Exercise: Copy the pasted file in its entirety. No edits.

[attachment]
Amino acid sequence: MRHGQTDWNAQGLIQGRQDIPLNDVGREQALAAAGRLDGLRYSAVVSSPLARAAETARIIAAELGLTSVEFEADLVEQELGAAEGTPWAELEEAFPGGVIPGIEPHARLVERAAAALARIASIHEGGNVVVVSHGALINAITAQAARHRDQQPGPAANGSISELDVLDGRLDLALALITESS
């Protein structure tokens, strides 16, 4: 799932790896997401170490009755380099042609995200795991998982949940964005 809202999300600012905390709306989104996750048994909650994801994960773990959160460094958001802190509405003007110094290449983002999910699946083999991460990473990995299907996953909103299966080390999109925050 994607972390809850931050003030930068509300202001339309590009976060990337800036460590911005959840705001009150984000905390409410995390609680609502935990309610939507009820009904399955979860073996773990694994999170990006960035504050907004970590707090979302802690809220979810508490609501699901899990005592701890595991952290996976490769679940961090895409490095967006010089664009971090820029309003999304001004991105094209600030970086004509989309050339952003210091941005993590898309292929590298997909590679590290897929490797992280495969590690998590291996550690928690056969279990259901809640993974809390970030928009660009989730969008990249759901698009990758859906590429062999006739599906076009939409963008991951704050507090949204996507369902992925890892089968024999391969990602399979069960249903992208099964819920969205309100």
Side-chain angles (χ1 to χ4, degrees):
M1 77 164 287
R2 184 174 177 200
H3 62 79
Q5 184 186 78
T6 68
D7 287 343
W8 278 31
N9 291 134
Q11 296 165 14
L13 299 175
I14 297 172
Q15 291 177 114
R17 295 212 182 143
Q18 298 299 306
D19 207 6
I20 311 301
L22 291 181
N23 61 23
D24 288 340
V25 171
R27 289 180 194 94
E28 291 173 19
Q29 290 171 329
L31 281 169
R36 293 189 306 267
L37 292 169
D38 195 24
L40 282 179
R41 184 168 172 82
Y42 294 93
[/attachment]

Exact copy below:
Amino acid sequence: MRHGQTDWNAQGLIQGRQDIPLNDVGREQALAAAGRLDGLRYSAVVSSPLARAAETARIIAAELGLTSVEFEADLVEQELGAAEGTPWAELEEAFPGGVIPGIEPHARLVERAAAALARIASIHEGGNVVVVSHGALINAITAQAARHRDQQPGPAANGSISELDVLDGRLDLALALITESS
């Protein structure tokens, strides 16, 4: 799932790896997401170490009755380099042609995200795991998982949940964005 809202999300600012905390709306989104996750048994909650994801994960773990959160460094958001802190509405003007110094290449983002999910699946083999991460990473990995299907996953909103299966080390999109925050 994607972390809850931050003030930068509300202001339309590009976060990337800036460590911005959840705001009150984000905390409410995390609680609502935990309610939507009820009904399955979860073996773990694994999170990006960035504050907004970590707090979302802690809220979810508490609501699901899990005592701890595991952290996976490769679940961090895409490095967006010089664009971090820029309003999304001004991105094209600030970086004509989309050339952003210091941005993590898309292929590298997909590679590290897929490797992280495969590690998590291996550690928690056969279990259901809640993974809390970030928009660009989730969008990249759901698009990758859906590429062999006739599906076009939409963008991951704050507090949204996507369902992925890892089968024999391969990602399979069960249903992208099964819920969205309100």
Side-chain angles (χ1 to χ4, degrees):
M1 77 164 287
R2 184 174 177 200
H3 62 79
Q5 184 186 78
T6 68
D7 287 343
W8 278 31
N9 291 134
Q11 296 165 14
L13 299 175
I14 297 172
Q15 291 177 114
R17 295 212 182 143
Q18 298 299 306
D19 207 6
I20 311 301
L22 291 181
N23 61 23
D24 288 340
V25 171
R27 289 180 194 94
E28 291 173 19
Q29 290 171 329
L31 281 169
R36 293 189 306 267
L37 292 169
D38 195 24
L40 282 179
R41 184 168 172 82
Y42 294 93